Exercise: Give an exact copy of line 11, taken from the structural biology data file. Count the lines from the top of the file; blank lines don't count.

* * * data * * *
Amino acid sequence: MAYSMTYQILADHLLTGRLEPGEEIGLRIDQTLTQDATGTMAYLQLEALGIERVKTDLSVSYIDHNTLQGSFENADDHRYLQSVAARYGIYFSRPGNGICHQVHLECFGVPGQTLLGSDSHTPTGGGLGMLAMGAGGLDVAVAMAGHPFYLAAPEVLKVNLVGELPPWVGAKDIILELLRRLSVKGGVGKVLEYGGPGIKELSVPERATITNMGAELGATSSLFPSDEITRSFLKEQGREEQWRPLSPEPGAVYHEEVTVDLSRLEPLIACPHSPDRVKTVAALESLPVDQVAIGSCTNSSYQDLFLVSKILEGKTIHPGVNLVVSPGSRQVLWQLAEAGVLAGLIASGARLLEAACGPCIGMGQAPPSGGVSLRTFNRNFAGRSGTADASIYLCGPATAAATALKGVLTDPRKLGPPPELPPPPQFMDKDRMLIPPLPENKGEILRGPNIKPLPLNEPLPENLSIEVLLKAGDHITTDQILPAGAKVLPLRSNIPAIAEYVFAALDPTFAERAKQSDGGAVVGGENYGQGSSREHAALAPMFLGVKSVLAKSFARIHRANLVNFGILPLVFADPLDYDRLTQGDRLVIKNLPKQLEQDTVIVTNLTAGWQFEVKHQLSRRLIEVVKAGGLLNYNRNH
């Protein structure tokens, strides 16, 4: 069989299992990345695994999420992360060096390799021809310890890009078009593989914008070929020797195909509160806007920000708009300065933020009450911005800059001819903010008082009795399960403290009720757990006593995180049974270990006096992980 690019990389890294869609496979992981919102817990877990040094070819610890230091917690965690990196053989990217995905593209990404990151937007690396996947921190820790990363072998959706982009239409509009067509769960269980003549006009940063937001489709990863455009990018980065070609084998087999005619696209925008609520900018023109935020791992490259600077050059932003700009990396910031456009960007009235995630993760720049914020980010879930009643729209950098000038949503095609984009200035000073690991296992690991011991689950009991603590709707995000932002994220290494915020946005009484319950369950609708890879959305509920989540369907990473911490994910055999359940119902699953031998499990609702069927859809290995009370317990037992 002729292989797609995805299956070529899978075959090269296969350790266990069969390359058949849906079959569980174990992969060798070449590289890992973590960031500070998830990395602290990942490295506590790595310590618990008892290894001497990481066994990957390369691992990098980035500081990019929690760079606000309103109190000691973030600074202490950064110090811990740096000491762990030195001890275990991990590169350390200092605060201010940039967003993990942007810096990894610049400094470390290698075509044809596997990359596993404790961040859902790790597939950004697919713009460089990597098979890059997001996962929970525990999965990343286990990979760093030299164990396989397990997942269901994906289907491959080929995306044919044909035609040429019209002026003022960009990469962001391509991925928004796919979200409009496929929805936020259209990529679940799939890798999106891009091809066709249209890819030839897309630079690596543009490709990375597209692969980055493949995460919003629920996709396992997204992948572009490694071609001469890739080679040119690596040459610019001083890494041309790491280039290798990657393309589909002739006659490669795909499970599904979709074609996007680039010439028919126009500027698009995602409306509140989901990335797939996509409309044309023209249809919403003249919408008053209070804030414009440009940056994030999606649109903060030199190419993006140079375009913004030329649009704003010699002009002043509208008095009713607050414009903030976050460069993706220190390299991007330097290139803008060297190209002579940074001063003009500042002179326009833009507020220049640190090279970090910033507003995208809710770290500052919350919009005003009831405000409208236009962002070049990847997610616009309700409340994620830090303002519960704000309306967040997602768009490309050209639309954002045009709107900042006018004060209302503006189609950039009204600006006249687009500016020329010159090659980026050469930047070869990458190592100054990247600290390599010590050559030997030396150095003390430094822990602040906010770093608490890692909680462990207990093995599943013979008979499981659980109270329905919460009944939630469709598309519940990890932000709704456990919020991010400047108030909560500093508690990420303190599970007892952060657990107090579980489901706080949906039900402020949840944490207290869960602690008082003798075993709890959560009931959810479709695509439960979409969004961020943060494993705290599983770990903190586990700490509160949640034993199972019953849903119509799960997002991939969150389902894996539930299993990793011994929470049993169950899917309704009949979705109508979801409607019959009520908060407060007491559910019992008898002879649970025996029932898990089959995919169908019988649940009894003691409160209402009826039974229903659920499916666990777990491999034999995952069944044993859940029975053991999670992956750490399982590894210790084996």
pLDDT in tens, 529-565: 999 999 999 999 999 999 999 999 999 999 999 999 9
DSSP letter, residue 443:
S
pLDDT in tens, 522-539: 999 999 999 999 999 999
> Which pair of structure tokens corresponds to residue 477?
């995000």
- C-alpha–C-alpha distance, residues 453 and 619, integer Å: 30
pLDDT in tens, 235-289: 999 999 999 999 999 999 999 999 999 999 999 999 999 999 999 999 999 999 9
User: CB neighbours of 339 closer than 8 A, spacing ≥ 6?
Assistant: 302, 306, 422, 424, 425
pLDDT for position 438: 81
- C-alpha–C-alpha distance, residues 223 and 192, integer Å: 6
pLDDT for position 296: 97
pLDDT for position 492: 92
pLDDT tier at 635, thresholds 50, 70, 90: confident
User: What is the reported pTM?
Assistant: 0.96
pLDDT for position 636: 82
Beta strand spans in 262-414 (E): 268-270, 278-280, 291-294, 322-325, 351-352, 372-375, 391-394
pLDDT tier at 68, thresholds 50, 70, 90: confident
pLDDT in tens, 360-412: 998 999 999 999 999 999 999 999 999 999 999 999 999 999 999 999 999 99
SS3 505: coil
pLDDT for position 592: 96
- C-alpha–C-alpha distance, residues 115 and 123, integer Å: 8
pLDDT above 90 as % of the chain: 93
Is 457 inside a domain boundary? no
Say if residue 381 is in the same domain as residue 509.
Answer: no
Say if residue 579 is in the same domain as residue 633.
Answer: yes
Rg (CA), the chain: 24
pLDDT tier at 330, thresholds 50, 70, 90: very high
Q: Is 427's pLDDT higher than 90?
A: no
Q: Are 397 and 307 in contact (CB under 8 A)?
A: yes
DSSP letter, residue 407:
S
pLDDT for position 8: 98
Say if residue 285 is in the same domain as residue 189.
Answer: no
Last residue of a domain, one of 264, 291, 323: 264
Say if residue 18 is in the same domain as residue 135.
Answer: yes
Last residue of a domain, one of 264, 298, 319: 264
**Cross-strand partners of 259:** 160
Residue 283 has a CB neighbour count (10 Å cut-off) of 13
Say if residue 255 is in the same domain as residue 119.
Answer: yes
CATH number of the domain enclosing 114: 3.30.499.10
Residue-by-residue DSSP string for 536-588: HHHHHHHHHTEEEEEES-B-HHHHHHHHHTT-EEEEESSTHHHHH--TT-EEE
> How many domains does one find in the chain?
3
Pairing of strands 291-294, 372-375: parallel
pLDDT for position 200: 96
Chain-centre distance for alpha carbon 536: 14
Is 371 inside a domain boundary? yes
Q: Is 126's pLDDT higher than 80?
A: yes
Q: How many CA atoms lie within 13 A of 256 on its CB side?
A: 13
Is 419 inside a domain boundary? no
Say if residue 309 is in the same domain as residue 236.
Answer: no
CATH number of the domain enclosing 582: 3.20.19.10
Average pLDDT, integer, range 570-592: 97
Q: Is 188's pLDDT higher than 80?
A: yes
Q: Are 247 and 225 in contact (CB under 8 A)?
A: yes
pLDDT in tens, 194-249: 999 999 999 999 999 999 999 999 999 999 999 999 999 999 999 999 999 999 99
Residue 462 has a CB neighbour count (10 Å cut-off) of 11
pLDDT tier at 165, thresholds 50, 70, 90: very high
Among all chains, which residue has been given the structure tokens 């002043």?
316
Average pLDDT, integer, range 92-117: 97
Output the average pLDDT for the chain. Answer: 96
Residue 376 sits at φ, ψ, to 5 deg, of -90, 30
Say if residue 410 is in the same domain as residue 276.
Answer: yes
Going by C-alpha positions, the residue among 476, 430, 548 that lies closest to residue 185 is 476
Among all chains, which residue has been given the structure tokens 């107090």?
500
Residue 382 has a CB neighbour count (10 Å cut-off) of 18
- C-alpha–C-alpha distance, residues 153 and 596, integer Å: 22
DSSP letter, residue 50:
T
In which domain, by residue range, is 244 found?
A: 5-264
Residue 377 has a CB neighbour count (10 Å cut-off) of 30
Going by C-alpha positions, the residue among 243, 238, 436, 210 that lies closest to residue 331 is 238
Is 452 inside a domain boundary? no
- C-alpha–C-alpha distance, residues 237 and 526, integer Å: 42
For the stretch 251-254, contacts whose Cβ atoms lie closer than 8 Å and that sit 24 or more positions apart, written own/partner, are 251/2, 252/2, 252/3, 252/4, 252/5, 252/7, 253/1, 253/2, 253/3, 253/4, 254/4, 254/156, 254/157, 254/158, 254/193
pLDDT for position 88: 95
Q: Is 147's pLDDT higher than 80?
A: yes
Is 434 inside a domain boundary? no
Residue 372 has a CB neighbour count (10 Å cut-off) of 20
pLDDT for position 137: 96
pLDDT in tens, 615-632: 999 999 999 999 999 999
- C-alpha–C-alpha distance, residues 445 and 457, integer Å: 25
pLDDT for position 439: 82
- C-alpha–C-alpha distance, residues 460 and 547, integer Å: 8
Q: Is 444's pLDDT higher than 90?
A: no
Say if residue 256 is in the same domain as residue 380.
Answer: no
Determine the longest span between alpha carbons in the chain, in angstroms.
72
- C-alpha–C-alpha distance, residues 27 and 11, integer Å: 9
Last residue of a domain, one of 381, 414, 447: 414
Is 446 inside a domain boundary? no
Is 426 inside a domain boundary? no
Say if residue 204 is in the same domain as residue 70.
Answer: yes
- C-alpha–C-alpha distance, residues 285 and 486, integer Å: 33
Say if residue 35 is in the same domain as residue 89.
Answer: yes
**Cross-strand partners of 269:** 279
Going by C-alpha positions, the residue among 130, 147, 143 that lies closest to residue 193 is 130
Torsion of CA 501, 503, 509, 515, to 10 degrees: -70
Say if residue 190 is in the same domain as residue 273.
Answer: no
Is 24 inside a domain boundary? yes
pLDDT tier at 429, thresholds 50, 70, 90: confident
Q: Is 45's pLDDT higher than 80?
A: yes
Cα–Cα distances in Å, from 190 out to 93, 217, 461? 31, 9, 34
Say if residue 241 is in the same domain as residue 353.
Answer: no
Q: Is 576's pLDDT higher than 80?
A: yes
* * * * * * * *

User: CB neighbours of 339 closer than 8 A, spacing ≥ 6?